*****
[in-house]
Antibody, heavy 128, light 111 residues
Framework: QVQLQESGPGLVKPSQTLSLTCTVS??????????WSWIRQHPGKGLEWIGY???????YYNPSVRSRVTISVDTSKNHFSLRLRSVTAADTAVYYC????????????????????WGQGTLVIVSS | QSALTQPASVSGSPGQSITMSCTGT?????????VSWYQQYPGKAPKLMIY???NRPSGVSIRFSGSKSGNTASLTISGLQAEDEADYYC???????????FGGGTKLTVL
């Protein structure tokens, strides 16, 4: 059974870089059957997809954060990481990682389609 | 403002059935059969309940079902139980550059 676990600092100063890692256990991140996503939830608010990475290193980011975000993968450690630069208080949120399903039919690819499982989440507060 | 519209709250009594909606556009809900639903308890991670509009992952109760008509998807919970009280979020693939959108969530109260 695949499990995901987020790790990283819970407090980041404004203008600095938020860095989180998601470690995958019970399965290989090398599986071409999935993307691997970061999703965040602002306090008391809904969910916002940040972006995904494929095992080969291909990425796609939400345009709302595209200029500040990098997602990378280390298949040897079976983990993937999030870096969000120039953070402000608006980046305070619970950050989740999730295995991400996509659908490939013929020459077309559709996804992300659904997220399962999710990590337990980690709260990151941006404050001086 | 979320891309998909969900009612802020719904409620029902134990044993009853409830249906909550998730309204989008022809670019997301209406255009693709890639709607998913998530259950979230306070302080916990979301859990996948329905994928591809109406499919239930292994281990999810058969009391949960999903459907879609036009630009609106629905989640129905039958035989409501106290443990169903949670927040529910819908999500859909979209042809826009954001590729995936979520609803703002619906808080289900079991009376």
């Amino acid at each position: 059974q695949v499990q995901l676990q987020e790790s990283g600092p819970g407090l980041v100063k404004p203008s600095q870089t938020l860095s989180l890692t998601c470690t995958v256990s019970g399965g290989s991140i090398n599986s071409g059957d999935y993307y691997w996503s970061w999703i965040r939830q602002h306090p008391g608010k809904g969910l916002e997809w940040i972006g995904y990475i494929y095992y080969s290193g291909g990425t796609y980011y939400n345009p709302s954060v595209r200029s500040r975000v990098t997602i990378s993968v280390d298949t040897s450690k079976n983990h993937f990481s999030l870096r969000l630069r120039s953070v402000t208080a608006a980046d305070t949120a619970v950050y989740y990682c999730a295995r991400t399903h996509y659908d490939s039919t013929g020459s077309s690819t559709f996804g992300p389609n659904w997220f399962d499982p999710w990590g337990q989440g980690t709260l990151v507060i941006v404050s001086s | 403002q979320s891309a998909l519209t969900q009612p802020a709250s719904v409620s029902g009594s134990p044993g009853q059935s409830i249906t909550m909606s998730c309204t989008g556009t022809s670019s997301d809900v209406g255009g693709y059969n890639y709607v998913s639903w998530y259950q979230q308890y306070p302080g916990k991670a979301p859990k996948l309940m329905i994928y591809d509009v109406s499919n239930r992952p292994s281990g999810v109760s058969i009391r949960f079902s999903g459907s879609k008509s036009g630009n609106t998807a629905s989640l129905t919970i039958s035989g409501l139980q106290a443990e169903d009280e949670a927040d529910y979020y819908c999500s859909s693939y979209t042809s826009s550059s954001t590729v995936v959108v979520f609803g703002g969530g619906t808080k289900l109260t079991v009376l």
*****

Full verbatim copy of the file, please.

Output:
[in-house]
Antibody, heavy 128, light 111 residues
Framework: QVQLQESGPGLVKPSQTLSLTCTVS??????????WSWIRQHPGKGLEWIGY???????YYNPSVRSRVTISVDTSKNHFSLRLRSVTAADTAVYYC????????????????????WGQGTLVIVSS | QSALTQPASVSGSPGQSITMSCTGT?????????VSWYQQYPGKAPKLMIY???NRPSGVSIRFSGSKSGNTASLTISGLQAEDEADYYC???????????FGGGTKLTVL
């Protein structure tokens, strides 16, 4: 059974870089059957997809954060990481990682389609 | 403002059935059969309940079902139980550059 676990600092100063890692256990991140996503939830608010990475290193980011975000993968450690630069208080949120399903039919690819499982989440507060 | 519209709250009594909606556009809900639903308890991670509009992952109760008509998807919970009280979020693939959108969530109260 695949499990995901987020790790990283819970407090980041404004203008600095938020860095989180998601470690995958019970399965290989090398599986071409999935993307691997970061999703965040602002306090008391809904969910916002940040972006995904494929095992080969291909990425796609939400345009709302595209200029500040990098997602990378280390298949040897079976983990993937999030870096969000120039953070402000608006980046305070619970950050989740999730295995991400996509659908490939013929020459077309559709996804992300659904997220399962999710990590337990980690709260990151941006404050001086 | 979320891309998909969900009612802020719904409620029902134990044993009853409830249906909550998730309204989008022809670019997301209406255009693709890639709607998913998530259950979230306070302080916990979301859990996948329905994928591809109406499919239930292994281990999810058969009391949960999903459907879609036009630009609106629905989640129905039958035989409501106290443990169903949670927040529910819908999500859909979209042809826009954001590729995936979520609803703002619906808080289900079991009376």
């Amino acid at each position: 059974q695949v499990q995901l676990q987020e790790s990283g600092p819970g407090l980041v100063k404004p203008s600095q870089t938020l860095s989180l890692t998601c470690t995958v256990s019970g399965g290989s991140i090398n599986s071409g059957d999935y993307y691997w996503s970061w999703i965040r939830q602002h306090p008391g608010k809904g969910l916002e997809w940040i972006g995904y990475i494929y095992y080969s290193g291909g990425t796609y980011y939400n345009p709302s954060v595209r200029s500040r975000v990098t997602i990378s993968v280390d298949t040897s450690k079976n983990h993937f990481s999030l870096r969000l630069r120039s953070v402000t208080a608006a980046d305070t949120a619970v950050y989740y990682c999730a295995r991400t399903h996509y659908d490939s039919t013929g020459s077309s690819t559709f996804g992300p389609n659904w997220f399962d499982p999710w990590g337990q989440g980690t709260l990151v507060i941006v404050s001086s | 403002q979320s891309a998909l519209t969900q009612p802020a709250s719904v409620s029902g009594s134990p044993g009853q059935s409830i249906t909550m909606s998730c309204t989008g556009t022809s670019s997301d809900v209406g255009g693709y059969n890639y709607v998913s639903w998530y259950q979230q308890y306070p302080g916990k991670a979301p859990k996948l309940m329905i994928y591809d509009v109406s499919n239930r992952p292994s281990g999810v109760s058969i009391r949960f079902s999903g459907s879609k008509s036009g630009n609106t998807a629905s989640l129905t919970i039958s035989g409501l139980q106290a443990e169903d009280e949670a927040d529910y979020y819908c999500s859909s693939y979209t042809s826009s550059s954001t590729v995936v959108v979520f609803g703002g969530g619906t808080k289900l109260t079991v009376l």